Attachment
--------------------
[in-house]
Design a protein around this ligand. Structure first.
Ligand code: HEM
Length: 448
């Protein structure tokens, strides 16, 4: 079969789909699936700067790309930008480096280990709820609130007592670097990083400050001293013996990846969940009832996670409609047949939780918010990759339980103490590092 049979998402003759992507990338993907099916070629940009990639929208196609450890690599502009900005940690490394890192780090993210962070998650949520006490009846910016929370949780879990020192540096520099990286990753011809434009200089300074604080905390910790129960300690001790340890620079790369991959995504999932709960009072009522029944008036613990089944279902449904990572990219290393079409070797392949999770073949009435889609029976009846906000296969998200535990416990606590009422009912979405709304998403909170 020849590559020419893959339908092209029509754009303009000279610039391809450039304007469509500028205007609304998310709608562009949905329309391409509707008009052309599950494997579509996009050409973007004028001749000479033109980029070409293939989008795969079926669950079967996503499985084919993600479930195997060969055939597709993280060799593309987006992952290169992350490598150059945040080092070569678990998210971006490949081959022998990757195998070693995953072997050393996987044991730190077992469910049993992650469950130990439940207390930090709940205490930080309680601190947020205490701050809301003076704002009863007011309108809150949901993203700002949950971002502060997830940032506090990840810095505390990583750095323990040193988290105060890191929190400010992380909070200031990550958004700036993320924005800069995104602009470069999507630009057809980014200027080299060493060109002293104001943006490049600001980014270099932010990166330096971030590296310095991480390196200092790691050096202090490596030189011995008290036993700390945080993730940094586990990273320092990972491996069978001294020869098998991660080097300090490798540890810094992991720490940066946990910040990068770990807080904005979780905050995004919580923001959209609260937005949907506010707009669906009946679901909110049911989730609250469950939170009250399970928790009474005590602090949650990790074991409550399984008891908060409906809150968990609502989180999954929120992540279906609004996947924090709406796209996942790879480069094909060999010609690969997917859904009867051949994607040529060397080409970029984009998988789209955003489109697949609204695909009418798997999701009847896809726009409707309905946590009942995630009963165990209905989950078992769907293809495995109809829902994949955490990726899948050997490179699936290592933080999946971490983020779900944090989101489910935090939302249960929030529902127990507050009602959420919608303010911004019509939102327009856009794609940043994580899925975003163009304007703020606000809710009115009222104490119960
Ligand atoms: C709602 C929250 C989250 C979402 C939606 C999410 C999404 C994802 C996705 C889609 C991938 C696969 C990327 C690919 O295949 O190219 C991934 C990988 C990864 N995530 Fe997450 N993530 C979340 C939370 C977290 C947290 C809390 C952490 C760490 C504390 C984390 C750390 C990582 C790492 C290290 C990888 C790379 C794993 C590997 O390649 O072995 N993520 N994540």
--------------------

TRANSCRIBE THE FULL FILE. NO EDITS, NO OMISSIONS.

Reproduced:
[in-house]
Design a protein around this ligand. Structure first.
Ligand code: HEM
Length: 448
């Protein structure tokens, strides 16, 4: 079969789909699936700067790309930008480096280990709820609130007592670097990083400050001293013996990846969940009832996670409609047949939780918010990759339980103490590092 049979998402003759992507990338993907099916070629940009990639929208196609450890690599502009900005940690490394890192780090993210962070998650949520006490009846910016929370949780879990020192540096520099990286990753011809434009200089300074604080905390910790129960300690001790340890620079790369991959995504999932709960009072009522029944008036613990089944279902449904990572990219290393079409070797392949999770073949009435889609029976009846906000296969998200535990416990606590009422009912979405709304998403909170 020849590559020419893959339908092209029509754009303009000279610039391809450039304007469509500028205007609304998310709608562009949905329309391409509707008009052309599950494997579509996009050409973007004028001749000479033109980029070409293939989008795969079926669950079967996503499985084919993600479930195997060969055939597709993280060799593309987006992952290169992350490598150059945040080092070569678990998210971006490949081959022998990757195998070693995953072997050393996987044991730190077992469910049993992650469950130990439940207390930090709940205490930080309680601190947020205490701050809301003076704002009863007011309108809150949901993203700002949950971002502060997830940032506090990840810095505390990583750095323990040193988290105060890191929190400010992380909070200031990550958004700036993320924005800069995104602009470069999507630009057809980014200027080299060493060109002293104001943006490049600001980014270099932010990166330096971030590296310095991480390196200092790691050096202090490596030189011995008290036993700390945080993730940094586990990273320092990972491996069978001294020869098998991660080097300090490798540890810094992991720490940066946990910040990068770990807080904005979780905050995004919580923001959209609260937005949907506010707009669906009946679901909110049911989730609250469950939170009250399970928790009474005590602090949650990790074991409550399984008891908060409906809150968990609502989180999954929120992540279906609004996947924090709406796209996942790879480069094909060999010609690969997917859904009867051949994607040529060397080409970029984009998988789209955003489109697949609204695909009418798997999701009847896809726009409707309905946590009942995630009963165990209905989950078992769907293809495995109809829902994949955490990726899948050997490179699936290592933080999946971490983020779900944090989101489910935090939302249960929030529902127990507050009602959420919608303010911004019509939102327009856009794609940043994580899925975003163009304007703020606000809710009115009222104490119960
Ligand atoms: C709602 C929250 C989250 C979402 C939606 C999410 C999404 C994802 C996705 C889609 C991938 C696969 C990327 C690919 O295949 O190219 C991934 C990988 C990864 N995530 Fe997450 N993530 C979340 C939370 C977290 C947290 C809390 C952490 C760490 C504390 C984390 C750390 C990582 C790492 C290290 C990888 C790379 C794993 C590997 O390649 O072995 N993520 N994540």